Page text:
Free Educational Resources
AmblesideOnline: An online, free, Charlotte Mason curriculum, the first of its kind, and the one that's been around the longest. There is also a forum for discussions and sharing of resources. AO has been around at least 15 years and was put together by seven homeschooling moms. It's free, or nearly so, and you don't have to pay them anything- you can use their online materials and find the books that are not available online at yard sales, thrift stores, and local libraries. From the website Freely Educate (which has a lot of other free resources listed):
The curriculum is not necessarily easy, but with short lessons and plenty of time outdoors, children thrive on it. I felt like fresh air came into our homeschool when I was introduced to this style of learning. It suits my personality well!
"Ambleside Online is a free homeschool curriculum designed to be as close as possible to the curriculum that Charlotte Mason used in her own private and correspondence schools. Our goal is to be true to Charlotte Mason's high literary standards. Ambleside Online uses the highest quality books and costs no more than the cost of texts. The curriculum uses as many free online books as possible, and there is no cost to use this information or join the support group." ~ from Ambleside Online's description
A little encouragement: If the book lists and schedule at first seem overwhelming, look again. The children are not sitting for 8 hours at a desk. Rather, they are reading and studying in small amounts, to have time to absorb the information.
Or you can use one of their years as a guideline and plug in your resources this way.
Great Hearts is a great books approach with a very helpful curriculum overview chart.
Paidea Academy has an online scope and sequence you could use to create your own program.
Angelicum is another great books approach with a free scope and sequence (the rest is not free)
The Hillbilly Housewife put together her own version of a free online curriculum a couple years ago- you can find more about that here.
The Baldwin Project is similar in that it is also a literature based program. It's not free, but there are many free resources available at the website.
Simply Charlotte Mason is another Charlotte Mason approach- it isn't free, but there are some free resources.
Tanglewood combines Charlotte Mason with classical.
Easy Peasy is another free curriculum online., laid out day by day and very scripted.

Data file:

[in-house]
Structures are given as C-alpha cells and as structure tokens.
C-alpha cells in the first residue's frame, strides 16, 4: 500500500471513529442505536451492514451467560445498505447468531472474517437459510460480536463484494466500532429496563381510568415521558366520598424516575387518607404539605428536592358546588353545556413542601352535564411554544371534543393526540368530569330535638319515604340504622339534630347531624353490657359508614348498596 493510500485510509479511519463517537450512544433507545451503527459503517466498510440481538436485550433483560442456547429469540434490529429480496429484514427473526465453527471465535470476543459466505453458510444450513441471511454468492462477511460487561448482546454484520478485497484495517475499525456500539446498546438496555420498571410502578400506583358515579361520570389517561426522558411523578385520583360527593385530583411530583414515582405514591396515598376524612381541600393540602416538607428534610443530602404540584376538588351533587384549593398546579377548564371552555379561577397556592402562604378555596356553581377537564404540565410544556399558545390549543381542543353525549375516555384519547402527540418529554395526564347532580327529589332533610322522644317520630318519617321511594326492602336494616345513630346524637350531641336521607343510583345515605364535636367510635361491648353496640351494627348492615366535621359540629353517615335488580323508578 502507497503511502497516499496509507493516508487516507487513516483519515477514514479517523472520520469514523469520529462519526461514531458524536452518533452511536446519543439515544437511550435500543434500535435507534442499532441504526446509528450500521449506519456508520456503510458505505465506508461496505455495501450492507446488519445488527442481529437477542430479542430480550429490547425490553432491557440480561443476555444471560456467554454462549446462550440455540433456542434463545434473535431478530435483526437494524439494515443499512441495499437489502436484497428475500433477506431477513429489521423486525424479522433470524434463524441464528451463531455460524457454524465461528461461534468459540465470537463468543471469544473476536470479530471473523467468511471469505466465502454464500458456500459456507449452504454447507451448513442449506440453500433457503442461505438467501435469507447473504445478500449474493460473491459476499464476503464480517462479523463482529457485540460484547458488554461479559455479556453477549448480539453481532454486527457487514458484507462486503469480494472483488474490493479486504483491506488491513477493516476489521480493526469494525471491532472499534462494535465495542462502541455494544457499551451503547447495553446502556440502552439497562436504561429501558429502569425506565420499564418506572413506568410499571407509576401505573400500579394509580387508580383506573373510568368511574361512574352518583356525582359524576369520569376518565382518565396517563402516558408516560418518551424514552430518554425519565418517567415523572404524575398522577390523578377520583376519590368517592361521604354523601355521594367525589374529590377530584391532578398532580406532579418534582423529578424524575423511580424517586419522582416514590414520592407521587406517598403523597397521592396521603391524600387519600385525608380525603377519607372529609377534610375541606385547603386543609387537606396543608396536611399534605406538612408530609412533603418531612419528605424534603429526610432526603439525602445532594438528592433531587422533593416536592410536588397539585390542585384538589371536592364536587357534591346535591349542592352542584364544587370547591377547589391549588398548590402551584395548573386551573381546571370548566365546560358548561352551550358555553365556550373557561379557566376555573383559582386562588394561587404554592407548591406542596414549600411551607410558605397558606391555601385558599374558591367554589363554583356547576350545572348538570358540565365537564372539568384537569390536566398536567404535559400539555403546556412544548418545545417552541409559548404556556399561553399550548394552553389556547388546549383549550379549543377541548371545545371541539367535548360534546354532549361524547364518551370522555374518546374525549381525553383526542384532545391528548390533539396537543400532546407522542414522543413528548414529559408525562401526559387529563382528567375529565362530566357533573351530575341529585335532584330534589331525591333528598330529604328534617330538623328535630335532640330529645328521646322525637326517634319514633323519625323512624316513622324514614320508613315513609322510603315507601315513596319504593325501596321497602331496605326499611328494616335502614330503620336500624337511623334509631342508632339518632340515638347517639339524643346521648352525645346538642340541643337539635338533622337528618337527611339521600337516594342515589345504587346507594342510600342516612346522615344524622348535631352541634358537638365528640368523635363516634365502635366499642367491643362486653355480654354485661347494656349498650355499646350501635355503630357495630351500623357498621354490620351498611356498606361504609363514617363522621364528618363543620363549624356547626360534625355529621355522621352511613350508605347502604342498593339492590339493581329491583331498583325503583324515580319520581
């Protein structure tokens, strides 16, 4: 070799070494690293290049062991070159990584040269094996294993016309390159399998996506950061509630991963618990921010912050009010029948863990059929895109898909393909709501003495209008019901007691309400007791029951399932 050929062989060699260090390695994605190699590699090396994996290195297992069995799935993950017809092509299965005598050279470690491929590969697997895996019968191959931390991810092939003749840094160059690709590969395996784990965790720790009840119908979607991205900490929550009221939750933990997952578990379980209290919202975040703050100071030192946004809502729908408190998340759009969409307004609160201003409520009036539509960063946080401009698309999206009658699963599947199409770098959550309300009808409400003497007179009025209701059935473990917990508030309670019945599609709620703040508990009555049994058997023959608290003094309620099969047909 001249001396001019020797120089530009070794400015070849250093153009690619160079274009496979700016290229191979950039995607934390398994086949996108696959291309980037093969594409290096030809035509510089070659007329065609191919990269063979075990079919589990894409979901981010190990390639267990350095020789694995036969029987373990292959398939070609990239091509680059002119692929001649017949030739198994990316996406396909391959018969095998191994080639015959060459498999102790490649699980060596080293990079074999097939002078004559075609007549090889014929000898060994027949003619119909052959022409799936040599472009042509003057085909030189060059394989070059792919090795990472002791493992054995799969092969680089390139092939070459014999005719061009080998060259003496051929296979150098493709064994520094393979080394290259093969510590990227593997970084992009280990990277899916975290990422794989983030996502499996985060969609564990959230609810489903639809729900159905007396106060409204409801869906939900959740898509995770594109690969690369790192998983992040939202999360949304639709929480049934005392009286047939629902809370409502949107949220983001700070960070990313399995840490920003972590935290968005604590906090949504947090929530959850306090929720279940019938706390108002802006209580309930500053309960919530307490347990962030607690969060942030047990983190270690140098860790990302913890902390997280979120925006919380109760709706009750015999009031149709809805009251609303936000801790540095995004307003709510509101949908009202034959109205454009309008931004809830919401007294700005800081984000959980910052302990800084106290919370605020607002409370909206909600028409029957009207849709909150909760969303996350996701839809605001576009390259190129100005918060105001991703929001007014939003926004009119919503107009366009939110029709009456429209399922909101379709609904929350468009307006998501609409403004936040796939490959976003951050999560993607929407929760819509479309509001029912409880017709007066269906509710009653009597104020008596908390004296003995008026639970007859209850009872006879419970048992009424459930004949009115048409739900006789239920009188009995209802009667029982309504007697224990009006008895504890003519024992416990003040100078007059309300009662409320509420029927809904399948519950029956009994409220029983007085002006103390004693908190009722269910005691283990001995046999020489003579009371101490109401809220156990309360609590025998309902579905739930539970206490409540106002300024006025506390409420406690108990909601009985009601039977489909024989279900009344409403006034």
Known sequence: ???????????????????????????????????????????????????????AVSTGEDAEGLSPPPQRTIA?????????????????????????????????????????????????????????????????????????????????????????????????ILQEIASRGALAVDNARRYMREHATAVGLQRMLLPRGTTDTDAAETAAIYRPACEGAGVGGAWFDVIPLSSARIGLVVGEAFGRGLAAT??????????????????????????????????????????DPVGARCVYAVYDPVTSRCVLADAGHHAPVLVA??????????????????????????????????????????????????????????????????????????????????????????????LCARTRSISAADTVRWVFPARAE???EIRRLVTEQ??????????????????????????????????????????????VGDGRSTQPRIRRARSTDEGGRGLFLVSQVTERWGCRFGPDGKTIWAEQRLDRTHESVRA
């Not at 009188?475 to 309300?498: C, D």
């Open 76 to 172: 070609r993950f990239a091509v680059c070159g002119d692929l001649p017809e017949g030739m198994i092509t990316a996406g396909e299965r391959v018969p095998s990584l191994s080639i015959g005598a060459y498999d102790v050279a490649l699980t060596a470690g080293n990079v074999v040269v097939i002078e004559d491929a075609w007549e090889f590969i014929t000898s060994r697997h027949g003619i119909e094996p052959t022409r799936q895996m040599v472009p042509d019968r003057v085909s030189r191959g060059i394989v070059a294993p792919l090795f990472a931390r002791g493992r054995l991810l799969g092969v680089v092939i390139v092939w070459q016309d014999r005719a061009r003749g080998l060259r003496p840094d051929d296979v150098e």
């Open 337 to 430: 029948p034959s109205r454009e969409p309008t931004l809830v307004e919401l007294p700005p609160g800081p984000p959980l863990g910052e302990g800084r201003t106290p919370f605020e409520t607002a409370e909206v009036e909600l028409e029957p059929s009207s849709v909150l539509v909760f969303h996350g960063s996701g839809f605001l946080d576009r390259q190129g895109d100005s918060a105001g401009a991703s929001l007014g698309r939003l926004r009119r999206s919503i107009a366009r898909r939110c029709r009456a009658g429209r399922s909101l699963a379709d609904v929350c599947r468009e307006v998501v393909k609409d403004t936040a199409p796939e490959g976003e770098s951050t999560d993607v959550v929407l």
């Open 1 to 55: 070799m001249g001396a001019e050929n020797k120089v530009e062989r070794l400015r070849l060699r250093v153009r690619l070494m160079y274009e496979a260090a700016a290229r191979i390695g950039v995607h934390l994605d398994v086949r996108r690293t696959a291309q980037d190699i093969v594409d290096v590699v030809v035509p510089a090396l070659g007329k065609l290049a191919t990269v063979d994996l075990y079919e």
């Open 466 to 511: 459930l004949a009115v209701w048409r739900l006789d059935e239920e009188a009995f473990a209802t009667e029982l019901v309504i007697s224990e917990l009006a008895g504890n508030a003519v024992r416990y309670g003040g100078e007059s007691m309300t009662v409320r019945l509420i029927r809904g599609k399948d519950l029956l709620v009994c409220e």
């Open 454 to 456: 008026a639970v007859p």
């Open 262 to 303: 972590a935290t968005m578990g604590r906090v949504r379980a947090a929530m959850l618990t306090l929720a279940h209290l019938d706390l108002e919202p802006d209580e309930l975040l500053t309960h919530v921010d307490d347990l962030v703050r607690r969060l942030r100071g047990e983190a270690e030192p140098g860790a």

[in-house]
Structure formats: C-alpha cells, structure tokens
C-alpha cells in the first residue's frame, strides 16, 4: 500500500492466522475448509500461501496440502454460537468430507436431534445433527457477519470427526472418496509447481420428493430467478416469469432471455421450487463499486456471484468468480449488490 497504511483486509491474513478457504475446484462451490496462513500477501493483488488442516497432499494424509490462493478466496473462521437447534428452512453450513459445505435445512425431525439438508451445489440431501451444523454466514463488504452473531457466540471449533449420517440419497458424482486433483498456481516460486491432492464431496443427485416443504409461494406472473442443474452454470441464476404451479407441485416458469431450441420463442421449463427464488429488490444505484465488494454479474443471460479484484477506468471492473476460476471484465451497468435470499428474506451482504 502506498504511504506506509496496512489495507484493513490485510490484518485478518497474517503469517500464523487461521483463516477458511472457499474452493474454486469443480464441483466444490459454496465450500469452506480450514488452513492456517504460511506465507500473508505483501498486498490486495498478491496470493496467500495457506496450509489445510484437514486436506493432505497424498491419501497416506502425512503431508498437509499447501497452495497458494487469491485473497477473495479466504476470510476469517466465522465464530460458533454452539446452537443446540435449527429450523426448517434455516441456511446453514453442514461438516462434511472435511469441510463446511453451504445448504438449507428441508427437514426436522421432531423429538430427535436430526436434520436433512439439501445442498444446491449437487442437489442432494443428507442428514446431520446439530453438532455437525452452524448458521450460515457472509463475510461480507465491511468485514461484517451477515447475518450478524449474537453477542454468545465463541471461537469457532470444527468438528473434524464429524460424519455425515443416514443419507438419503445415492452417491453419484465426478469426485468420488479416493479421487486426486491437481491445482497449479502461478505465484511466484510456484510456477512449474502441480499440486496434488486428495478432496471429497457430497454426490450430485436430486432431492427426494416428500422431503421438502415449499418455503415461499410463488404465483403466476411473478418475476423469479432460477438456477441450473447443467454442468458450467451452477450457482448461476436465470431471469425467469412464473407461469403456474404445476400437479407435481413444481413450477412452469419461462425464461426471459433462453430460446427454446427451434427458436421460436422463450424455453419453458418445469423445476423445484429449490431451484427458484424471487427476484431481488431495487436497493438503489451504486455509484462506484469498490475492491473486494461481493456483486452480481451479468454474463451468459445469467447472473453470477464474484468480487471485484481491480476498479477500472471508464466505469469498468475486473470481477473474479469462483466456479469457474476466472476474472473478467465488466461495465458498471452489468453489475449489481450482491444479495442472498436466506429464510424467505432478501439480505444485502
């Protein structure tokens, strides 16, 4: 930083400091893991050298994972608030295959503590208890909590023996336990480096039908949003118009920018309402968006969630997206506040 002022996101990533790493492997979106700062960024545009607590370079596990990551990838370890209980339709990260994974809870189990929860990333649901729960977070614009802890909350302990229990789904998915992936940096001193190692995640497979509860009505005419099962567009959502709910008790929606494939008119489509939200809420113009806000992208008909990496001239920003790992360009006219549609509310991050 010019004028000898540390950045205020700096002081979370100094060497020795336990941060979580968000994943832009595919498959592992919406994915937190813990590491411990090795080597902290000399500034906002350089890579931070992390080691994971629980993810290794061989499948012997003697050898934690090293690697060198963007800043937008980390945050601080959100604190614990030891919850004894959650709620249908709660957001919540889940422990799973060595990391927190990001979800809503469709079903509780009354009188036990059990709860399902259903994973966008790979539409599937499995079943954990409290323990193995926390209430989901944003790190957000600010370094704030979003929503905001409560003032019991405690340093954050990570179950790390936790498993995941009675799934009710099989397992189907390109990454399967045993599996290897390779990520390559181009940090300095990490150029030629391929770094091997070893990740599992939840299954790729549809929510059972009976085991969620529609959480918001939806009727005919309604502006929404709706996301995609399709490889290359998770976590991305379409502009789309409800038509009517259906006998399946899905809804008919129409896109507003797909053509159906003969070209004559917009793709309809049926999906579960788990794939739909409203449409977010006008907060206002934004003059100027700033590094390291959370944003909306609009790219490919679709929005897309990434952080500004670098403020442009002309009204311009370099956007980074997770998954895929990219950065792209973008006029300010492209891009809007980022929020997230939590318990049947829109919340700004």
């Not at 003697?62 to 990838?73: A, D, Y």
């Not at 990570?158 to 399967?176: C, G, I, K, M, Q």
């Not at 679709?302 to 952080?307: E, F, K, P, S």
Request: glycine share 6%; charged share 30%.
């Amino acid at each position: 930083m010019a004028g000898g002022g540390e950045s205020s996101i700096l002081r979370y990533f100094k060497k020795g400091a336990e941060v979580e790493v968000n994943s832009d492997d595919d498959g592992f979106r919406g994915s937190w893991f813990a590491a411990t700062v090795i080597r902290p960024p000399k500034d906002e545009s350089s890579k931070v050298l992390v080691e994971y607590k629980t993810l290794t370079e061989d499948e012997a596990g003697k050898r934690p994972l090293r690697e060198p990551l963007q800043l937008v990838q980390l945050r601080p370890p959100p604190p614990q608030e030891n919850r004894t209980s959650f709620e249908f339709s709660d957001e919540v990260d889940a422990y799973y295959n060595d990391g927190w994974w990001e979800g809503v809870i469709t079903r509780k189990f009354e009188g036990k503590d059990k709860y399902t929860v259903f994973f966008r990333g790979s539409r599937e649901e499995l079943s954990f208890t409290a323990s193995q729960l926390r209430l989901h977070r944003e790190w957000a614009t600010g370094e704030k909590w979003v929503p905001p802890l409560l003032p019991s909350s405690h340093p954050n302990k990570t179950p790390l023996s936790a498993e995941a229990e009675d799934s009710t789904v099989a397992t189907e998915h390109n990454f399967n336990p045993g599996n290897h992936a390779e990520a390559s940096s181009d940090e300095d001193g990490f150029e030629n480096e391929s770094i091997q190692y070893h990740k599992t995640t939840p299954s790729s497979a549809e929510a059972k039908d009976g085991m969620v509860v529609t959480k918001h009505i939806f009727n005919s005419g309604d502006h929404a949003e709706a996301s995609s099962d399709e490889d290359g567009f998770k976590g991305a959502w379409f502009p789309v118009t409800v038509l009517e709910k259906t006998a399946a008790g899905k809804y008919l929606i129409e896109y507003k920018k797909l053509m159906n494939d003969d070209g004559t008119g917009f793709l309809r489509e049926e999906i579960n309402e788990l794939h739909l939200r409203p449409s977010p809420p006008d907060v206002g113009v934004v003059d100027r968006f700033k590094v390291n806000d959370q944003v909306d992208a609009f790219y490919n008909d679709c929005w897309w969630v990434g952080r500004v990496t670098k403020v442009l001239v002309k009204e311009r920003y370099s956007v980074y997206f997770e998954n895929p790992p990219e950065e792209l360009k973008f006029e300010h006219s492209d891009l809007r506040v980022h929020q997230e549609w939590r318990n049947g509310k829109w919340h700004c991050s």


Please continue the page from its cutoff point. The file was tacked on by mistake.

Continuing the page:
Mensa has some lesson plans for use with gifted kids.
And, of course, there's MIT's open sourceware- they have high school lesson plans, and you could use a lot of their courses for gifted high school students, or for yourself to arm yourself before trying to teach your kids.=)
If you like the Core Knowledge approach (this is not the same as Core Curriculum), there are a lot of lessons organized very nicely free online here.. Core Knowledge is based on the ideas of E. D. Hirsch- you may have seen those books "What Your First Grader Needs to Know" for different grades. You can also just check the books out at the library a few times a year, if you don't have a lot of competition for the books at your local library.
Core Knowledge by E. D. Hirsch links to his books at Amazon.
Here's a very useful overview and scope and sequence for using the Core Knowledge philosophy.
Augsberg ARt-free book online, there are several books in the series, all at googlebooks. Googlebooks is only available to US citizens, and the books there do not always stay there, so download now and examine later.
If you like the book Drawing With Children: A Creative Method for Adult Beginners, Too, there are some pages on implementing it here. Donna Young also has some pages that match well with the book's philosophy.
Valerie has written here at Frugal Hacks about how she taught her kids to read for about a dollar.
The Logic of English has a series of videos helping you to learn to teach reading the Orton Gillingham Way (Spaulding is one well known reading curriculum using this approach)
For part of our reading instruction I used the materials in the back of an old library copy of Why Johnny Can't Read: And What You Can Do about It
Starfall has a great bunch of lessons on teaching reading, including some very helpful online phonics books.
We used a jelly roll pan or a cake pan with a layer of sand or salt and had our kids trace letters with their fingers. We used plain paper and pencil and has them do copywork Charlotte Mason style.
You can also find a lot of handwriting worksheets online. Donna Young has some of the best worksheets on the net, all for free. Here's her handwriting pages.
Dr. Vavra's Kiss program is online for free and covers all the years you need.
If you took one of the romance languages in school and could just use a refresher so you can use it to teach your kids at home, I really love duolingo.com for foreign language. I don't like it as much for starting from scratch, though. If anybody signs up, let me know, because it's fun to 'friend' people you know and see how you're doing with your levels.
If you want to do sign language, lifeprint.com is great= and also free.
For an interesting approach to history, see Guest Hollow (this is a link to the 18th century)
In the AmblesideOnline Forums, in the study hall section under music, there are tons of useful resources for composer studies, including links to biographies, free music by that composer, and more. It's a very valuable collection.
Free for today at Amazon:
Chew Chew the Food Chain Train
Nutrition and real foods eating for kids
What about you? What are some free online educational resources you've used?